The dance between the Ford factory floor management and the UAW is described in great detail, with the author lso making observations on the long term damage this caused. The management failed to grasp the long term distrust their managerial methods were creating, especially the molestation of the hourly worers when the need for production was low (economic crisis years), and then reverting back to turning a blind eye to what happened at the shop floor when sales were good and they needed to get high outputs from the plants.

The one aside on working and managerial practices going on in Procter and Gamble, another one of the author's previous employers is both highly amusing and rings very true, having observed several such companies from the inside myself. It is actually also surprisingly good at describing automotive management at the non-plant level (you might want to read On a Clear Day You Can See General Motors: John Z. De Lorean's Look Inside the Automotive Giant or The Decline and Fall of the American Automobile Industry for further corroboration of that).

I can only recommend the book as an essential reading for anyone interested in the automotive industry generally, as well as in some of the issues plaguing it today.
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5.0 out of 5 stars Savage Factory 11 May 2012
Format:Paperback|Verified Purchase
Bought this as a present for my husband and he loved it. He had already read reviews so was looking forward to it. He said it was an excellent read (if you like American cars). My 21 year old son enjoyed it too.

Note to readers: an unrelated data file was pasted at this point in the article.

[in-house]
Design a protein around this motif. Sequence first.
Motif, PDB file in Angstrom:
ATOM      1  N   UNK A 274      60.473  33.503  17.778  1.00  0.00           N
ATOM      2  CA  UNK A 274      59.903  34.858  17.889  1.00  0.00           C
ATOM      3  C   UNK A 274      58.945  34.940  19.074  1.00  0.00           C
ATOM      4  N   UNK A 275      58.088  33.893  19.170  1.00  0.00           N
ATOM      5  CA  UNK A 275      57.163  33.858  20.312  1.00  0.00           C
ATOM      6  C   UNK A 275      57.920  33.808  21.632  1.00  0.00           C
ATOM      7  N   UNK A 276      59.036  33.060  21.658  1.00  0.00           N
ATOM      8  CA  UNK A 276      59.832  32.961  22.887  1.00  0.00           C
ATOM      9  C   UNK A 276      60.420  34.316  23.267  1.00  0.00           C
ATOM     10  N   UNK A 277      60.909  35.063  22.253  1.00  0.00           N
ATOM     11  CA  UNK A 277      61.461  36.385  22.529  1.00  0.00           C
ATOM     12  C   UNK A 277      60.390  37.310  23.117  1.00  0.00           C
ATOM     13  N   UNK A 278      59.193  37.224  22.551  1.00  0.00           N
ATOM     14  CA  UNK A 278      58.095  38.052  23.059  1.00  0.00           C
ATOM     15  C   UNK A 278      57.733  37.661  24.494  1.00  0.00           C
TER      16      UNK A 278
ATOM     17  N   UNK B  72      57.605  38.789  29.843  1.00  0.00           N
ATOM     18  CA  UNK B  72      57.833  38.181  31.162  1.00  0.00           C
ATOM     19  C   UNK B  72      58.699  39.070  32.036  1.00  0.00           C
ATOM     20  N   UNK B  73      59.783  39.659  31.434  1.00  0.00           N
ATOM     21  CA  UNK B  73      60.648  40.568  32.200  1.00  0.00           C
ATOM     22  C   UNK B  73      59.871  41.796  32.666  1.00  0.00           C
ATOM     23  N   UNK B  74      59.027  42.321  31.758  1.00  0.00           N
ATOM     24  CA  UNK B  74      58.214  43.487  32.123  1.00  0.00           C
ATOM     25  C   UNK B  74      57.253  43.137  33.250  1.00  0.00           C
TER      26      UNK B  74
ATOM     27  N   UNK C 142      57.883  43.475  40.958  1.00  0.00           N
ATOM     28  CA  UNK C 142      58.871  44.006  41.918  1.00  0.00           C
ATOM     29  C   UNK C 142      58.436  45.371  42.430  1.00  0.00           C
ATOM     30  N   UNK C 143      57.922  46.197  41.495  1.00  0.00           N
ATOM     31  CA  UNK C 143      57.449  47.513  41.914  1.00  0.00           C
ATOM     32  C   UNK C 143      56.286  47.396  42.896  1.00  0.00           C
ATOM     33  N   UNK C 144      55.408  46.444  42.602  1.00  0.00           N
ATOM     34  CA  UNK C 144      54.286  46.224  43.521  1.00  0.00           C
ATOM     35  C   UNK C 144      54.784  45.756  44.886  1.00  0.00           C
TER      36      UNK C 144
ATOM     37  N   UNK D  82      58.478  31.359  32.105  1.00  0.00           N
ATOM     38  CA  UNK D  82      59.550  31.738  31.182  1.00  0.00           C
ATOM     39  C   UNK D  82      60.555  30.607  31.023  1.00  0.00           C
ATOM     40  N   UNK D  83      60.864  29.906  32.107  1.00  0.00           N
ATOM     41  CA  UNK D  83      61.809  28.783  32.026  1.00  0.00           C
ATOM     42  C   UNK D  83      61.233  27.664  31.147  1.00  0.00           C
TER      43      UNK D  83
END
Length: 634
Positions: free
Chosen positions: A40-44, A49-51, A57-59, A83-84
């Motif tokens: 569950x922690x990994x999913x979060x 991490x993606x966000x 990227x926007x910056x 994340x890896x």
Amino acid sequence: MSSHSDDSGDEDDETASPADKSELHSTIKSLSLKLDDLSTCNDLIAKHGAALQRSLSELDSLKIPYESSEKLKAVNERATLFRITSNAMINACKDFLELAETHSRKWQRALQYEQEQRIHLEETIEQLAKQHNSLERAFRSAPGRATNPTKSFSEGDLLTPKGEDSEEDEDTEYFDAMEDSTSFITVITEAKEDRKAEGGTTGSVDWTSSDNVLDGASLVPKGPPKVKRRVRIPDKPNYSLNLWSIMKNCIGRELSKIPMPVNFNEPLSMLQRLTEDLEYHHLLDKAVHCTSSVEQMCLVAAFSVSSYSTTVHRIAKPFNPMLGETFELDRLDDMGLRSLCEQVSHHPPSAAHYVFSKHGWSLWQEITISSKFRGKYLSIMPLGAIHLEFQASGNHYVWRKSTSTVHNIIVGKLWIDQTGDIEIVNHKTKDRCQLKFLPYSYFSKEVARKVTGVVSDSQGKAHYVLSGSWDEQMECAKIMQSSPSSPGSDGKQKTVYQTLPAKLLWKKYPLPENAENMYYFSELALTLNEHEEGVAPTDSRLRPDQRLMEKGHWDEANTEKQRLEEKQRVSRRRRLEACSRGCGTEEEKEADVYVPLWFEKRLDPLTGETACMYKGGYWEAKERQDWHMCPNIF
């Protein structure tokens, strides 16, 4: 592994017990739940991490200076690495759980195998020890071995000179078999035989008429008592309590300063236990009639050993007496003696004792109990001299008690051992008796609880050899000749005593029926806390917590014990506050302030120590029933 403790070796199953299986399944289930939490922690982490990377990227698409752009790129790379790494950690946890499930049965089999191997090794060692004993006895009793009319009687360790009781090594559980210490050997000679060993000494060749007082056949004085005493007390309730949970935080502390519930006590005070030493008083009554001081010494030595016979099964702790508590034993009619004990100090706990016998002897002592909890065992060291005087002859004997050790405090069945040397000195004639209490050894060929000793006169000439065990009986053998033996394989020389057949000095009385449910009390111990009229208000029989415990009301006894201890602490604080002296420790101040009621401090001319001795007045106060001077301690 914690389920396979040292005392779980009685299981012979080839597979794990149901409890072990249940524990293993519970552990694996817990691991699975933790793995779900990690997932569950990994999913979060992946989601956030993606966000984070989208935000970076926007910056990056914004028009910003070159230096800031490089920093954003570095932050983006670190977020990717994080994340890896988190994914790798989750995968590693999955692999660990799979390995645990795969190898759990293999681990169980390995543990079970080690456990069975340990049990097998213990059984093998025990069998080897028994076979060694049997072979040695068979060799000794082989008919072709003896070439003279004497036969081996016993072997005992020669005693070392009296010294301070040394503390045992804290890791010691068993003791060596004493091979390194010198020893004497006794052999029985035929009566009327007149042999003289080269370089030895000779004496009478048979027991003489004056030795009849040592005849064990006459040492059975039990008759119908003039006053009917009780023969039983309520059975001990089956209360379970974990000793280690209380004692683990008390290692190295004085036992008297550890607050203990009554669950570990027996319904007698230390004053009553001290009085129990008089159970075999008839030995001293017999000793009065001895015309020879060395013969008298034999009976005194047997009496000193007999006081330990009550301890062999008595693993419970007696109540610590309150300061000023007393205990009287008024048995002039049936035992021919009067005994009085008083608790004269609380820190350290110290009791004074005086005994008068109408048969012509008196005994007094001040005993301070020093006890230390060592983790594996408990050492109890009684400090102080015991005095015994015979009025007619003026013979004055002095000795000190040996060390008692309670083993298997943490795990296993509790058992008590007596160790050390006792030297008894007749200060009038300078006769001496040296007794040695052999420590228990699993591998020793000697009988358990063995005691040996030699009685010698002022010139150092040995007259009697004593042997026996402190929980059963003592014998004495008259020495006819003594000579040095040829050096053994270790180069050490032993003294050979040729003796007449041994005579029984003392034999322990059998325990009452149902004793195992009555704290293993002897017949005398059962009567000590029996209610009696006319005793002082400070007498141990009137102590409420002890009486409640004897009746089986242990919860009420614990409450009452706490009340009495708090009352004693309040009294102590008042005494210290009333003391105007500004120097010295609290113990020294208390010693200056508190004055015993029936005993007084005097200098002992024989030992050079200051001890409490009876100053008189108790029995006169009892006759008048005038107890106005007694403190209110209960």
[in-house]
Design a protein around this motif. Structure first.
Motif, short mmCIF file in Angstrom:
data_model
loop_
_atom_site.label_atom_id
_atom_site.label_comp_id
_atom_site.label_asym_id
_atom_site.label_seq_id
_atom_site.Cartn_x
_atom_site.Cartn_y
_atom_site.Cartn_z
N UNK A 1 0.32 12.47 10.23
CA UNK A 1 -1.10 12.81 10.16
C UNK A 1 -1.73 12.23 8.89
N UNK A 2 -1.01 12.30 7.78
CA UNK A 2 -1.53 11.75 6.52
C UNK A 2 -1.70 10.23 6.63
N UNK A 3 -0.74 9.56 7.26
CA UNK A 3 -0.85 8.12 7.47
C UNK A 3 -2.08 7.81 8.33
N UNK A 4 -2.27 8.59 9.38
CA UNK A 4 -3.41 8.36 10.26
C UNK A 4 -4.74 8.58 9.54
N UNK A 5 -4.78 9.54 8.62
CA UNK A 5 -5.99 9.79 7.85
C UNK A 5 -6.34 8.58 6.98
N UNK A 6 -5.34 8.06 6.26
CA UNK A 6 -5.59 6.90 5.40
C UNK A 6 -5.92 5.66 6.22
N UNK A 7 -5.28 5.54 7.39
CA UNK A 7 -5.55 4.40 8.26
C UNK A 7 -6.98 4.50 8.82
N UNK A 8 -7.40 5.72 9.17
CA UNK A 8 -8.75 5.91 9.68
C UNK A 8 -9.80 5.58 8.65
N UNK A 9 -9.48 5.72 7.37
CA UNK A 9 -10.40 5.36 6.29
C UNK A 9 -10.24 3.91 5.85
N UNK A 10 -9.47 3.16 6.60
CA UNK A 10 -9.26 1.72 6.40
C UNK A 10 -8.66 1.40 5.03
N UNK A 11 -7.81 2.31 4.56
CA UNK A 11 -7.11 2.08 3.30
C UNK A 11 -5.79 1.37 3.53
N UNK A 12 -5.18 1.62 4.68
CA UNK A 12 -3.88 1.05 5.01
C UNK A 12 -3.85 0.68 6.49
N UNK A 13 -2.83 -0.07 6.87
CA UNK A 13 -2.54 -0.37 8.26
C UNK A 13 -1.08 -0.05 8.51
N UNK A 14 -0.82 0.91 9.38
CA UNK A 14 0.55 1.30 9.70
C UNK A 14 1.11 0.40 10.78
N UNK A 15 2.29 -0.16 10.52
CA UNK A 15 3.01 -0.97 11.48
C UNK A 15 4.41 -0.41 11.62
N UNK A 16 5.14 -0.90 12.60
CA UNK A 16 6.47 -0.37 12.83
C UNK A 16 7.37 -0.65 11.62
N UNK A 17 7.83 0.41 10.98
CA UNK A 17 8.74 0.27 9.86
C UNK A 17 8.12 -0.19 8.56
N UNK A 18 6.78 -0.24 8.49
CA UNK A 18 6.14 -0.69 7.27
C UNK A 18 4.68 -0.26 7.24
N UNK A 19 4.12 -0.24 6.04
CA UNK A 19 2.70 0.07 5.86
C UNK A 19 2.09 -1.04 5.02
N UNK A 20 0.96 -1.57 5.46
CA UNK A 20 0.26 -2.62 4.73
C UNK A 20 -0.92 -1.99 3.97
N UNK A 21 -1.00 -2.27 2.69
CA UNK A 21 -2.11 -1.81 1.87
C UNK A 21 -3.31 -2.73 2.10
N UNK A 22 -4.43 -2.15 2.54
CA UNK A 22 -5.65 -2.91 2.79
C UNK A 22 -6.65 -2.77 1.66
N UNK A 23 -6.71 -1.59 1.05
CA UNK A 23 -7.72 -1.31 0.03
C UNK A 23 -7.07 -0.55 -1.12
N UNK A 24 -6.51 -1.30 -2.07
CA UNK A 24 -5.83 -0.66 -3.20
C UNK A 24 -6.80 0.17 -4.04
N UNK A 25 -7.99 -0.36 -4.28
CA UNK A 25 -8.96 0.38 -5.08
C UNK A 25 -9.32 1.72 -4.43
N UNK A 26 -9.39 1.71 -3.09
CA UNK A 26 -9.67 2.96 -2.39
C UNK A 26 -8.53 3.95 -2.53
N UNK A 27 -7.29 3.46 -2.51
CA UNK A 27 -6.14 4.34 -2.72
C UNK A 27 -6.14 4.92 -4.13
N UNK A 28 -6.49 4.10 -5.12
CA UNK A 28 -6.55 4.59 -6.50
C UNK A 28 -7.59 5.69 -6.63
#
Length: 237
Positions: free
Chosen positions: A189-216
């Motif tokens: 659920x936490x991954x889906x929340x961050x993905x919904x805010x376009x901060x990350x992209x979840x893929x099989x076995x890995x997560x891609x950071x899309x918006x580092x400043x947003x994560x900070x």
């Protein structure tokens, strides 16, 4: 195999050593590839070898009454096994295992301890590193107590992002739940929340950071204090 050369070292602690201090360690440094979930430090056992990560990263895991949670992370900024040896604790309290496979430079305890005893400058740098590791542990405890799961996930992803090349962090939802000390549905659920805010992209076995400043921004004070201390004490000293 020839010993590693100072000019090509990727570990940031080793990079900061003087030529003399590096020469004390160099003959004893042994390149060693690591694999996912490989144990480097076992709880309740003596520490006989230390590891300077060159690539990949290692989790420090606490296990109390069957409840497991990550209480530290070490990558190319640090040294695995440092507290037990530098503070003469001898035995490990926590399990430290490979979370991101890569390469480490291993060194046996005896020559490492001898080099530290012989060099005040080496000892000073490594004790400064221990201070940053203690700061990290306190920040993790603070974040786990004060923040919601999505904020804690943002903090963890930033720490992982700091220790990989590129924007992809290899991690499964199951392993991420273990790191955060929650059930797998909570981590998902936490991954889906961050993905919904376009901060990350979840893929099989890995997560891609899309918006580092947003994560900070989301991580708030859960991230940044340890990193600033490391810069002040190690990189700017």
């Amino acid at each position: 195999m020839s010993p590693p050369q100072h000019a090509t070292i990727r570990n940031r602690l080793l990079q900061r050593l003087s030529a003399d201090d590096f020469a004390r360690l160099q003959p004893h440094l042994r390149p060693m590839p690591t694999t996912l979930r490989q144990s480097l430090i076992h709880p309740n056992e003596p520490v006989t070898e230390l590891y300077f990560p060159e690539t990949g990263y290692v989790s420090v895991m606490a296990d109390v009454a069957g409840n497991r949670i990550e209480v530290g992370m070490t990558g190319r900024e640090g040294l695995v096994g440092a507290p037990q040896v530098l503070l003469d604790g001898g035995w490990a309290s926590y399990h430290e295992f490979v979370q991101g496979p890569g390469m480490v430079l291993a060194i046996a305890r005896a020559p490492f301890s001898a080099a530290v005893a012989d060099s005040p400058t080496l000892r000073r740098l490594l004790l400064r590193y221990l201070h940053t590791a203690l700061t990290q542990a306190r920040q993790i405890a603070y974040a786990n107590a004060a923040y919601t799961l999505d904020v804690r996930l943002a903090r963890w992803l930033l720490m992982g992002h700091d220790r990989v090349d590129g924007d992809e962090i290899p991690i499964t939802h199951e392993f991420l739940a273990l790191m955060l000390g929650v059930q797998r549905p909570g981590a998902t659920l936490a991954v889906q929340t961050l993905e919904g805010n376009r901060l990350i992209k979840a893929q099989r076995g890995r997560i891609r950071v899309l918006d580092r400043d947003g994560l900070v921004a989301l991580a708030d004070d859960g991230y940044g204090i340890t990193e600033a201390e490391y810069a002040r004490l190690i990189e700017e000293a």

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Amazon.com: 4.3 out of 5 stars  78 reviews
18 of 19 people found the following review helpful
5.0 out of 5 stars Buckle up for a raw, jaw-dropping story of Ford driving itself to the brink 4 April 2009
By Alexander - Published on Amazon.com
Robert Dewar captures the essence of an American auto plant in his compelling book "A Savage Factory." It's "Dilbert" meets "Lord of the Flies."

Dewar's true life, eyewitness account walks you through from his dis-orientation to his self-termination. The stories are both hilarious and harrowing, showing the greasy underside of Ford Motor Company that will forever stain your impression of the auto industry because of the managers and union workers whose battle for control puts Ford on a collision course for self-destruction.

Dewar's raw, front row seat writing offers no sugar coating because the hardened characters who threatened his life with a loaded gun, intimidate him with operational sabotage, break him psycholoigcally that sent him to recoup and re-group with a shrink, and confound him with petty managerial games are not conjourned from his imagination but are people who lived and breathed down his neck every day he walked the factory floor of Ford.

If you think you have a bad day at the office or a boss who is intolerable, think again. Reading this account of how the Detroit Mafia plays God with people's careers while jeopardizing their health and family life will certainly make you grateful that you don't have to don a Foreman's jacket that doubled as a bulls-eye for unimaginable abuse and one unbeievable story.

"A Savage Factory" will grip you with disbelief from start to finish and make you appreciate that you never had to live the experiences that Robert Dewar endured in order to take home a paycheck.
21 of 24 people found the following review helpful